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3D elastic full waveform inversion: case study from a land seismic survey

AuthorsKormann, Jean ; Martí, David ; Rodríguez, Juan Esteban; Marzán, Ignacio; Ferrer, Miguel ; Gutiérrez, Natalia ; Farrés, Albert; Hanzich, Mauricio; de la Puente, Josep ; Carbonell, Ramón
Issue Date17-Apr-2016
CitationGeophysical Research Abstracts Vol. 18, EGU2016-8284-2 (2016)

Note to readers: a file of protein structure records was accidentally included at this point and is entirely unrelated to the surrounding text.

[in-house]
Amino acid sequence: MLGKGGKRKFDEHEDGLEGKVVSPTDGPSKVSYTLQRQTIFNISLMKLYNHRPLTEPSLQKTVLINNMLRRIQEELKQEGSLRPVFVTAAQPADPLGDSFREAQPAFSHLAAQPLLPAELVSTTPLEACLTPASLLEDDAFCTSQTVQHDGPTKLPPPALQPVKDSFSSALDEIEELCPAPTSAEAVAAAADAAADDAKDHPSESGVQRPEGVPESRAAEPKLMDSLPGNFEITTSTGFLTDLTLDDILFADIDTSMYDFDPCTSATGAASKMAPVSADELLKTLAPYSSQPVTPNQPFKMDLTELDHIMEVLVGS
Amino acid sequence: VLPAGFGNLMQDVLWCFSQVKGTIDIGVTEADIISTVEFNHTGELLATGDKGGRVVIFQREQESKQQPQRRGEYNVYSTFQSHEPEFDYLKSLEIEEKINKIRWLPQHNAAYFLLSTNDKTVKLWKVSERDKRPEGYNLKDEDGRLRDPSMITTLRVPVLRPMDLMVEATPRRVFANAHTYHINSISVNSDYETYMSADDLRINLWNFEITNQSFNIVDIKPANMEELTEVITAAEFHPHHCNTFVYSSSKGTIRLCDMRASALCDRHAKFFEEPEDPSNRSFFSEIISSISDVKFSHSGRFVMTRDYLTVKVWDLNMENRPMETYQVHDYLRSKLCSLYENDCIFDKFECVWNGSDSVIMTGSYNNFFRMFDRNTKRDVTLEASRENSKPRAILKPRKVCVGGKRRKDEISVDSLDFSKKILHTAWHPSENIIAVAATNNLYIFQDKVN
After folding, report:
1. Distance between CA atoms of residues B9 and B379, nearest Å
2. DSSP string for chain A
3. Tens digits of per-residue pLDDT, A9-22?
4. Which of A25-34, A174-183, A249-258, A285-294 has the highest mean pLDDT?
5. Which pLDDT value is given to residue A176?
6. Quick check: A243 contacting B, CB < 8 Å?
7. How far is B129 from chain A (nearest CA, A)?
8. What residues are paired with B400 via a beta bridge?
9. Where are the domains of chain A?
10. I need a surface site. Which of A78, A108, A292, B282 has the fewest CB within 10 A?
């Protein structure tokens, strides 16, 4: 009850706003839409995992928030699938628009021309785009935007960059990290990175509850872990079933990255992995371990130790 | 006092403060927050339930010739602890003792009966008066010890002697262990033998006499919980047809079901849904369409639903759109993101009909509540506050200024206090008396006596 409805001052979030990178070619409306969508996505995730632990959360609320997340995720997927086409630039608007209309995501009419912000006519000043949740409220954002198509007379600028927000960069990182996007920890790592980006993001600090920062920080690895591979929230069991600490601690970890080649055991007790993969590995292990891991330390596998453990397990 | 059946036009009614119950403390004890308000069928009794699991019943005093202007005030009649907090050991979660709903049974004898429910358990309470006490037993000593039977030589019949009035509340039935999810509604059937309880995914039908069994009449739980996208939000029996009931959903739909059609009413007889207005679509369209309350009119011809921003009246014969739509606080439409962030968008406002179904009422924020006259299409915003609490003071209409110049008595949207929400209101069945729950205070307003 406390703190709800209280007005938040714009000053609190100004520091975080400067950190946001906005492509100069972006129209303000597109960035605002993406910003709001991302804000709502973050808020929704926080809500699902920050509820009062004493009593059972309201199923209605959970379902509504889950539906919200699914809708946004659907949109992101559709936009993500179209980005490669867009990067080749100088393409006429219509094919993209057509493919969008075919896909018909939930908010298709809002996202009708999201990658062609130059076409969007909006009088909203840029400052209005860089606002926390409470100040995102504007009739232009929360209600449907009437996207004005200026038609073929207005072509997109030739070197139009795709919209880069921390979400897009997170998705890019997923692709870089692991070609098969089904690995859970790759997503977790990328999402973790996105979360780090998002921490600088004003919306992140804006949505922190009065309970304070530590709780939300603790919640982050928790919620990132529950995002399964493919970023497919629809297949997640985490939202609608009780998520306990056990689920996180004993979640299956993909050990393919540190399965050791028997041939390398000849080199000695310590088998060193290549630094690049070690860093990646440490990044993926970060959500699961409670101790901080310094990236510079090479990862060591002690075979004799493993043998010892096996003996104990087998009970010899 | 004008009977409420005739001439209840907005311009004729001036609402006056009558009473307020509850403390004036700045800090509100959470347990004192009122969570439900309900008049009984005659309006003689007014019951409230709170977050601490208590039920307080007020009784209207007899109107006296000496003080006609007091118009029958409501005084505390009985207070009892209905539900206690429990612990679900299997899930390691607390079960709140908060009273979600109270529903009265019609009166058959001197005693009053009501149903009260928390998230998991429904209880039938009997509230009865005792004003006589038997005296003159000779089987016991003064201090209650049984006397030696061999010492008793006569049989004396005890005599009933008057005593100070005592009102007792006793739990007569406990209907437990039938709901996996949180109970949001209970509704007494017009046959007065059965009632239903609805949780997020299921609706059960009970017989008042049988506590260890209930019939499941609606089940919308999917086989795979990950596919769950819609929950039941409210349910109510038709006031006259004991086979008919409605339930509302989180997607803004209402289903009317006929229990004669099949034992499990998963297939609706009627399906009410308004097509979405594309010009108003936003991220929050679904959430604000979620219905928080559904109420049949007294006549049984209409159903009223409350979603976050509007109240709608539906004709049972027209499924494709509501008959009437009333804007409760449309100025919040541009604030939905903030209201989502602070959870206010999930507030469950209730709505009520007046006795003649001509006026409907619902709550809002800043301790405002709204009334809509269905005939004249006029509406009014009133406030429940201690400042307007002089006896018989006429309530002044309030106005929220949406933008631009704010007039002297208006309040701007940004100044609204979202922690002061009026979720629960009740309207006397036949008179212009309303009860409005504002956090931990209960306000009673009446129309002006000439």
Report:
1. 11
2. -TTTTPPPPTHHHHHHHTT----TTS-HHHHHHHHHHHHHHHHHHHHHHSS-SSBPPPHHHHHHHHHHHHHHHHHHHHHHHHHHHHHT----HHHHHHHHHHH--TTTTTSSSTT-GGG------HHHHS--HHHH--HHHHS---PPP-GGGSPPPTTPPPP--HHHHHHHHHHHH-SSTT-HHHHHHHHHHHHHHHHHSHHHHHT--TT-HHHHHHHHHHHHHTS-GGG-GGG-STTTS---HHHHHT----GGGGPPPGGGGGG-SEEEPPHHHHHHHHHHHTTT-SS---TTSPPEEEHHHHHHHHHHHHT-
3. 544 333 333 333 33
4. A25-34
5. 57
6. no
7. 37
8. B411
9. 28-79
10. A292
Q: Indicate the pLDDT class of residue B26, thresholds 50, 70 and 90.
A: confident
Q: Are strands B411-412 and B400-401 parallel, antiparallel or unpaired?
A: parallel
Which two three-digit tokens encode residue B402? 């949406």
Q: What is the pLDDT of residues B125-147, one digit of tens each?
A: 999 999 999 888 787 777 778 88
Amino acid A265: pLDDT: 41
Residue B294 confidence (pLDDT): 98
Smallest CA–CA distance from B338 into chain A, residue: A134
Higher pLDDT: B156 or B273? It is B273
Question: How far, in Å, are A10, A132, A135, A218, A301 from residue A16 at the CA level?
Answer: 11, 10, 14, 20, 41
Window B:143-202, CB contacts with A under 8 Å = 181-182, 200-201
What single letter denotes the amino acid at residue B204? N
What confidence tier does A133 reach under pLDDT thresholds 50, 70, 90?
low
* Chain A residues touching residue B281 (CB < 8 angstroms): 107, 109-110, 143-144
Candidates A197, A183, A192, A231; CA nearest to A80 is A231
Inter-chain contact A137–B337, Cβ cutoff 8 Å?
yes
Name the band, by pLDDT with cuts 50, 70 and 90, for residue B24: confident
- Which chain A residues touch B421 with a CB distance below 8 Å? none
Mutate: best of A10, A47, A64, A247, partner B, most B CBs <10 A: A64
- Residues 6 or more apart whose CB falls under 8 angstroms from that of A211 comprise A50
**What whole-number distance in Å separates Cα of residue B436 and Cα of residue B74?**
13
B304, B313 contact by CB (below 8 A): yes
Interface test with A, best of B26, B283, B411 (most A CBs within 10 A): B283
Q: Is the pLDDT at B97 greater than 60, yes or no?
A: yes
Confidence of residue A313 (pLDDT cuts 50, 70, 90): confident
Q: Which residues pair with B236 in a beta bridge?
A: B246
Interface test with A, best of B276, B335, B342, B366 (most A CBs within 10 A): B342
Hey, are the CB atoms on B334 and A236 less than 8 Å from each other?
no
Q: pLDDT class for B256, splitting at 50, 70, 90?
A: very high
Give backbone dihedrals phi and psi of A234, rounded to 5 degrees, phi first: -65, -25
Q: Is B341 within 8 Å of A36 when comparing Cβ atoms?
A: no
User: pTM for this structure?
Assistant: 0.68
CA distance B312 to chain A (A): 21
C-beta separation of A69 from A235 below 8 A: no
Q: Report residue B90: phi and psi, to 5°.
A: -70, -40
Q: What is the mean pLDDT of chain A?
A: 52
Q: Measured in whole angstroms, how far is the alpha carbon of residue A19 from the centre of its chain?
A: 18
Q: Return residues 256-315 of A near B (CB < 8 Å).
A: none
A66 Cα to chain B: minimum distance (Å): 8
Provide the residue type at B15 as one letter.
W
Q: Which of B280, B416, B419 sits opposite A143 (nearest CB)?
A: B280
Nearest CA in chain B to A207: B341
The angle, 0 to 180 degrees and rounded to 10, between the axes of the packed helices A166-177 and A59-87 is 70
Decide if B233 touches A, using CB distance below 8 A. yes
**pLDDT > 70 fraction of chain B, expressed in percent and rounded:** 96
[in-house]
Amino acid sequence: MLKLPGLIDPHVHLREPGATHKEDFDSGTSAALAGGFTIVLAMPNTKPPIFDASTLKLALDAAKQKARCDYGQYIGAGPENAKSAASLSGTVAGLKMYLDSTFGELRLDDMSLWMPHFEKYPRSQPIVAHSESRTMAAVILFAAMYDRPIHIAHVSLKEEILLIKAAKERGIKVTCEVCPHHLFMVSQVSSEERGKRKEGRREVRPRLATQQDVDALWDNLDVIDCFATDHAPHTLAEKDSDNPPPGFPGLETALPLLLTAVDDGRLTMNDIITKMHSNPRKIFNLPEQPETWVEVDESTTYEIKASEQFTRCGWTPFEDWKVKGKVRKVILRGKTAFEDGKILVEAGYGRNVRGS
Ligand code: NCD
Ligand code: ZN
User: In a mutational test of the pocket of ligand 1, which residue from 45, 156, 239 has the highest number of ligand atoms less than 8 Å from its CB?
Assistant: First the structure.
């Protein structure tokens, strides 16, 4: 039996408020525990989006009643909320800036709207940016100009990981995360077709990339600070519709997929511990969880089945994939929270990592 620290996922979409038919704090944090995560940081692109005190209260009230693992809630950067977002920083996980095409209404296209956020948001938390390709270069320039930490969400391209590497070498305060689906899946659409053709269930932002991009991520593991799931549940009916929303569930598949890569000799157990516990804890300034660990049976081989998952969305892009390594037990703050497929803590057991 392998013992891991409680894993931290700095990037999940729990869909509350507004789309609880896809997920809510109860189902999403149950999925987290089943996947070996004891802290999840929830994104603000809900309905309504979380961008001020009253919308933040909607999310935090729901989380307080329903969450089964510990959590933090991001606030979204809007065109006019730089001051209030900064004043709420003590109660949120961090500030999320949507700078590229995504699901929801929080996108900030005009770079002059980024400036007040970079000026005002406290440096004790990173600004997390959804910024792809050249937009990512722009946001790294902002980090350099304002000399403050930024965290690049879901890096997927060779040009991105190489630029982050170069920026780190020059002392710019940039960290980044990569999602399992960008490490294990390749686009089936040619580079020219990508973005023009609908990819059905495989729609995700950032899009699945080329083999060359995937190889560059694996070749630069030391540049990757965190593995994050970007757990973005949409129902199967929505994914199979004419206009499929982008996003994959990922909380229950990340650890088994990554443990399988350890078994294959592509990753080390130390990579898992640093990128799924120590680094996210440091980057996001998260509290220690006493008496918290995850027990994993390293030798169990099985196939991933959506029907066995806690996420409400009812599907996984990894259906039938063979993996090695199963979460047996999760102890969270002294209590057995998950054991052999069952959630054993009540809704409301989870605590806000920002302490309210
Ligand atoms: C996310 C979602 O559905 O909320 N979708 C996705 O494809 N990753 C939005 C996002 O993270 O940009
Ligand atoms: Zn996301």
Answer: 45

AbstractFull Waveform Inversion (FWI) is one of the most advanced processing methods that is recently reaching a mature state after years of solving theoretical and technical issues such as the non-uniqueness of the solution and harnessing the huge computational power required by realistic scenarios. BSIT (Barcelona Subsurface Imaging Tools, www.bsc.es/bsit) includes a FWI algorithm that can tackle with very complex problems involving large datasets. We present here the application of this system to a 3D dataset acquired to constrain the shallow subsurface. This is where the wavefield is the most complicated, because most of the wavefield conversions takes place in the shallow region and also because the media is much more laterally heterogeneous. With this in mind, at least isotropic elastic approximation would be suitable as kernel engine for FWI. The current study explores the possibilities to apply elastic isotropic FWI using only the vertical component of the recorded seismograms. The survey covers an area of 500 × 500 m 2, and consists in a receivers grid of 10 m ×20 m combined with a 250kg accelerated weight-drop as source on a displaced grid of 20 m×20 m. One of the main challenges in this case study is the costly 3D modeling that includes topography and substantial free surface effects. FWI is applied to a data subset (shooting lines 4 to 12), and is performed for 3 frequencies ranging from 15 to 25 Hz. The starting models are obtained from travel-time tomography and the all computation is run on 75 nodes of Mare Nostrum supercomputer during 3 days. The resulting models provide a higher resolution of the subsurface structures, and show a good correlation with the available borehole measurements. FWI allows to extend in a reliable way this 1D knowledge (borehole) to 3D
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